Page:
Background: The American Indian Cancer Control Project is a 5-year program funded by the National Cancer Institute designed to promote smoking cessation among adult Indians living in Northern California. This article describes the result of our smoking prevalence survey. Our Indian-specific program combines the physician's anti-smoking message with the efforts of Indian Community Health Representatives, who have access to the Indian patients' families and communities. The study sites consist of 4 urban and 14 rural American Indian clinics in Northern California. This article reports on the results of the smoking prevalence study conducted in the first phase of the project.
Methods: A total of 1,369 adult Northern California Indian patients at 18 Indian health clinics completed a questionnaire designed to assess smoking rates and patterns as well as health problems. Participants were adult American Indians attending 1 of 18 Indian health care clinics in Northern California during 1991. The participants included patients waiting for appointments with the clinic physician, dentist, and nurses.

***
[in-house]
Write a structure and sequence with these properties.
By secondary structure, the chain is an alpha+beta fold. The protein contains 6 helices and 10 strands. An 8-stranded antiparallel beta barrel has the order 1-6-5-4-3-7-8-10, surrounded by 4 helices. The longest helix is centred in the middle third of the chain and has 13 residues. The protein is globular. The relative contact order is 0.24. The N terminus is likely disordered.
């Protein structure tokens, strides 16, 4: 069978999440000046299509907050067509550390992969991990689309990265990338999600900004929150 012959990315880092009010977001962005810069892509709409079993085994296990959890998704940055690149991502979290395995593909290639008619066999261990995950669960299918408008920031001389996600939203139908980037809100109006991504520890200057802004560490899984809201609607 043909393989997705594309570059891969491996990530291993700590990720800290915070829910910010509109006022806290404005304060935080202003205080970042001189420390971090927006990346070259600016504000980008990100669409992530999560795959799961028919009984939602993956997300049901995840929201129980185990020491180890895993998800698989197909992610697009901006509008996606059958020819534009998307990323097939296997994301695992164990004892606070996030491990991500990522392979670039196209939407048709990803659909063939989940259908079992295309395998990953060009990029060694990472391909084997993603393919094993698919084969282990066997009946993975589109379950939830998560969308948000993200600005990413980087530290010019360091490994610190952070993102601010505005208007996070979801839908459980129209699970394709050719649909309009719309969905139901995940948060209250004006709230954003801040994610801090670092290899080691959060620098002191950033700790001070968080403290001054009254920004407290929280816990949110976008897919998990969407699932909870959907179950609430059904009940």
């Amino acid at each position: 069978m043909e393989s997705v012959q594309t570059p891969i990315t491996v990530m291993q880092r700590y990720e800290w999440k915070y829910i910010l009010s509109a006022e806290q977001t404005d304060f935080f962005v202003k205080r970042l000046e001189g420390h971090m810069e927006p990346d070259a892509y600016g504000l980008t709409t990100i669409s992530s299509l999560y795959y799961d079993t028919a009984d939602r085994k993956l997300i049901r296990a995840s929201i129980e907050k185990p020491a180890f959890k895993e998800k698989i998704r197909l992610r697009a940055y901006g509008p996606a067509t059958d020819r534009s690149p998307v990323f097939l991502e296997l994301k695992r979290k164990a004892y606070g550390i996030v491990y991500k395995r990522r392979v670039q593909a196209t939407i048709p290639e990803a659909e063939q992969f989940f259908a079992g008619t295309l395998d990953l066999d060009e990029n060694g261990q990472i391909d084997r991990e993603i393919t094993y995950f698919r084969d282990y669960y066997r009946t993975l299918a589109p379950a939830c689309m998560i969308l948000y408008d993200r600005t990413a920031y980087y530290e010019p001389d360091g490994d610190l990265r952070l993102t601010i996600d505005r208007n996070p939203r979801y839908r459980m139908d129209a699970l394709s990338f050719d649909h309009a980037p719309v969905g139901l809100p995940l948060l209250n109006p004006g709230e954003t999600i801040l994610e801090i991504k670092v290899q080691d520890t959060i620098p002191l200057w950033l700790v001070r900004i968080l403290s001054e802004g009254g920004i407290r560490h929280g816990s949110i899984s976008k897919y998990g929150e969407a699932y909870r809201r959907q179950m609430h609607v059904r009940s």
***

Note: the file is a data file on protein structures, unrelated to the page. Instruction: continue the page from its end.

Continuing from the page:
Results: Forty percent (37.35, 42.64; 95% confidence interval) of the adult population in the sample smoke cigarettes; they hold lenient attitudes toward smoking and began smoking at an early age. These patients rate obesity as the No. 1 health problem, followed by high blood pressure, arthritis/rheumatism, and problems with alcohol. The survey also found that the highest smoking rate was among the Sioux (62%), a non-California tribe. This was followed by high rates among native California tribes: Maidu (46%), Pit River (39%), Pomo (38%), Hupa (37%), and Yurok (32%).